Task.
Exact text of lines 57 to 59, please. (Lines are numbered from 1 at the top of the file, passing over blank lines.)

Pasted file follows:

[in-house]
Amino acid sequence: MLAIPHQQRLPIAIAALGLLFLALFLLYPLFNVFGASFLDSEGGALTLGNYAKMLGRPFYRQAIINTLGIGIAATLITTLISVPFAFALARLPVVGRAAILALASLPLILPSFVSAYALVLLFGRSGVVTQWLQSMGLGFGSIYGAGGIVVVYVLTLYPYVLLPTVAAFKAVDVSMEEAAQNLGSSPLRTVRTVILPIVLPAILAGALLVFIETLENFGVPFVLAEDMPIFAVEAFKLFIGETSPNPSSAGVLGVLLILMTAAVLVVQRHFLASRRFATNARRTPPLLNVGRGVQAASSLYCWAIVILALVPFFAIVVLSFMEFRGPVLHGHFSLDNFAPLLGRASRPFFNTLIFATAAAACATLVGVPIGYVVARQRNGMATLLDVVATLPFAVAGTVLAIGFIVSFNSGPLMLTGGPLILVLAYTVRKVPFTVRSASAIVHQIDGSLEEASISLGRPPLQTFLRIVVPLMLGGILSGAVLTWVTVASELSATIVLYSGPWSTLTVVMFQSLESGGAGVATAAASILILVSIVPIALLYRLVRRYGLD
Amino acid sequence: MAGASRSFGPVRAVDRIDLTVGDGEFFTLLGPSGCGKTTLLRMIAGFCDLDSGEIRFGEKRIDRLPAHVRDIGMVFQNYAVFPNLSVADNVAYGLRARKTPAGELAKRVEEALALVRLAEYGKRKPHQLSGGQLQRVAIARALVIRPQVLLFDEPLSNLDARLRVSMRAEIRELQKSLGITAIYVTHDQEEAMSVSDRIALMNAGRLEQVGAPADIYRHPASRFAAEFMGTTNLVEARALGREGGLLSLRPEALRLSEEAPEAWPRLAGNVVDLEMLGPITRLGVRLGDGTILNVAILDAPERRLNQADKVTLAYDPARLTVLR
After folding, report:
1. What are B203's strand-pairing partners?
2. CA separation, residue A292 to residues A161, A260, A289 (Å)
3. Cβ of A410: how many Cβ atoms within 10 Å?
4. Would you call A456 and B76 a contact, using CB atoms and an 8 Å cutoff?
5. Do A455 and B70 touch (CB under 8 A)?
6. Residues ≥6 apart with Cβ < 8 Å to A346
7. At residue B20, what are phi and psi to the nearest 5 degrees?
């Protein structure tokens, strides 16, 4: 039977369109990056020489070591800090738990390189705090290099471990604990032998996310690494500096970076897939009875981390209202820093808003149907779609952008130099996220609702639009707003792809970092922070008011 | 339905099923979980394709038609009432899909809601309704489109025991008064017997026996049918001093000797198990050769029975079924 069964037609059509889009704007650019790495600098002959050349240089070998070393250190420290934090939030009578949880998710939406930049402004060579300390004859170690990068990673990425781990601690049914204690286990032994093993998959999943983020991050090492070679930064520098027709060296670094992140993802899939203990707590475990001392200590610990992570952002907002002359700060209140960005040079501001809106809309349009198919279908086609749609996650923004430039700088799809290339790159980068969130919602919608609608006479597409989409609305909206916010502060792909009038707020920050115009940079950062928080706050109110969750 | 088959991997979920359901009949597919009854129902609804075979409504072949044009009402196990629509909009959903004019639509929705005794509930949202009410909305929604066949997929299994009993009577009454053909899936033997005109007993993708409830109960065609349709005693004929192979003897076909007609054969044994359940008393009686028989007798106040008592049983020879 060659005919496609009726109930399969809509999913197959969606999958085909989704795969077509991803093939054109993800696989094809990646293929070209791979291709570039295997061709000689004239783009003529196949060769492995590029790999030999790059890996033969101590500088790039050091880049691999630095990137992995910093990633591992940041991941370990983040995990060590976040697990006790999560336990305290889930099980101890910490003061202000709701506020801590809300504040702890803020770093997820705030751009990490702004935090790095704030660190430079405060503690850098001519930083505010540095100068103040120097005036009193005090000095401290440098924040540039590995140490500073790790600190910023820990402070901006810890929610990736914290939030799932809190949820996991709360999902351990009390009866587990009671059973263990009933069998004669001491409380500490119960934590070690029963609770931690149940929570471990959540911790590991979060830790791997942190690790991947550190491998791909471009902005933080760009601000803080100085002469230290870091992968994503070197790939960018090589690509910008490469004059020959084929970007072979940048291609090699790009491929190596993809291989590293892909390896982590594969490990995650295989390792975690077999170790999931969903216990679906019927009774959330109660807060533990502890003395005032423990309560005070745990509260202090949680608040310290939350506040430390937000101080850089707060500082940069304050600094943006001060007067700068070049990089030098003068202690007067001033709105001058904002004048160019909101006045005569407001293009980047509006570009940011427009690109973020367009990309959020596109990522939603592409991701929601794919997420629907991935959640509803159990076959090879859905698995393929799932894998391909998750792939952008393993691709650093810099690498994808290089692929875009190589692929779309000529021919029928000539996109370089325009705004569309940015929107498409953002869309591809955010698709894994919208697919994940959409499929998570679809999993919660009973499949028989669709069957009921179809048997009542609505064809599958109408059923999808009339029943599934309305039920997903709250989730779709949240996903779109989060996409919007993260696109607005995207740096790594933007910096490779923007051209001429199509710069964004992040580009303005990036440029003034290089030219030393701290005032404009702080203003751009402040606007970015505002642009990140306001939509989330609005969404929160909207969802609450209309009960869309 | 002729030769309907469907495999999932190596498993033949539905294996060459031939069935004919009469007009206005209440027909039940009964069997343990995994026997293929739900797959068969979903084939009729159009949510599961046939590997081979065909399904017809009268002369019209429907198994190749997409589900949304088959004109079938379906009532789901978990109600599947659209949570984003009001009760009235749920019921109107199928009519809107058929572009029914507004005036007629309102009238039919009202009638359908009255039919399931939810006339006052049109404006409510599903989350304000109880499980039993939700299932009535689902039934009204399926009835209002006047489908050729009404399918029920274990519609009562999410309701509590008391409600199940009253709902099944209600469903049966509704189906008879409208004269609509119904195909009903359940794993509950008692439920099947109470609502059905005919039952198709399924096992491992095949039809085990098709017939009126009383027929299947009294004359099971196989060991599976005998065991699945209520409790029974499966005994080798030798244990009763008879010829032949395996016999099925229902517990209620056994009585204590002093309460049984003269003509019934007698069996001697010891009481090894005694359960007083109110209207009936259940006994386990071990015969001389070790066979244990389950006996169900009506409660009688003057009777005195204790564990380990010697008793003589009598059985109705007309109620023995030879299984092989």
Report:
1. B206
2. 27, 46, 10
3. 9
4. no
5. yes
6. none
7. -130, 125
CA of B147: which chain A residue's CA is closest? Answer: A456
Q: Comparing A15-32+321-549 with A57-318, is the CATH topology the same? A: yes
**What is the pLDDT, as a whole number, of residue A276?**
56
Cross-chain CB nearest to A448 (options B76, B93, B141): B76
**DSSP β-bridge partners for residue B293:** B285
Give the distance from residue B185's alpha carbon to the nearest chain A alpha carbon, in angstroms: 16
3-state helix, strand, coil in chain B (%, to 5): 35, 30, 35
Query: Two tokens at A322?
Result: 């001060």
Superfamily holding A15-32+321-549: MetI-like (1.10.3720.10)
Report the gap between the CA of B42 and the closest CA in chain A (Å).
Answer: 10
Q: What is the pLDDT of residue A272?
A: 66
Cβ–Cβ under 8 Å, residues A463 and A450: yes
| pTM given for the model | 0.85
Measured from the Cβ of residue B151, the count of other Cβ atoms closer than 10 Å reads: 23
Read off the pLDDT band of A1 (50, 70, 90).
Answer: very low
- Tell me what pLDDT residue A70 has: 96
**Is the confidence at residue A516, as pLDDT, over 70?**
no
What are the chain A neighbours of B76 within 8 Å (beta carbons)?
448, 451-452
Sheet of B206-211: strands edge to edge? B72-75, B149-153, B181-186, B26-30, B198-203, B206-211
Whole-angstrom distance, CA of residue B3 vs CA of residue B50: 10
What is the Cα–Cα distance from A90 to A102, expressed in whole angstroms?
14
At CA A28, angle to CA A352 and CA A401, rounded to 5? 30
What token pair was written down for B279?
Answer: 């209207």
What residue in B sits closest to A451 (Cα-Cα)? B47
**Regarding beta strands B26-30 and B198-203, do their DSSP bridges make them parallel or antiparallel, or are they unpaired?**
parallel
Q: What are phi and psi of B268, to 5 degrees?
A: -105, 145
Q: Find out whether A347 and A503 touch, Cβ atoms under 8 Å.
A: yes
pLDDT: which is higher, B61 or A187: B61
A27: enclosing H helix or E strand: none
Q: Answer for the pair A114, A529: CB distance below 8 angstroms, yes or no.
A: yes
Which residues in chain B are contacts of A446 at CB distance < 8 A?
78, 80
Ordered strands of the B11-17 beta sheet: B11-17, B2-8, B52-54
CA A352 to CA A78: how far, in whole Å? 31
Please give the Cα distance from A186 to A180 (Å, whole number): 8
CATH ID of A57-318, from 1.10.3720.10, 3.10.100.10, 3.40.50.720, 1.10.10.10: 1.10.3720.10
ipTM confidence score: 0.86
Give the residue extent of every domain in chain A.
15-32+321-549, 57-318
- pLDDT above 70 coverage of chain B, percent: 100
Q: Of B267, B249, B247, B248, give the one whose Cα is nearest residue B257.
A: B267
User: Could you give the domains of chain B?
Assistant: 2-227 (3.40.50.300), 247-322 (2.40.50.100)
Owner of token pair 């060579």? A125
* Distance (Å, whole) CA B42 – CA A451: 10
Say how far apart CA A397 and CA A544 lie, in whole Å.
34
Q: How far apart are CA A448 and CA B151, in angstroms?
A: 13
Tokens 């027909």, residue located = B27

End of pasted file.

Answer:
A: -105, 145
Q: Find out whether A347 and A503 touch, Cβ atoms under 8 Å.
A: yes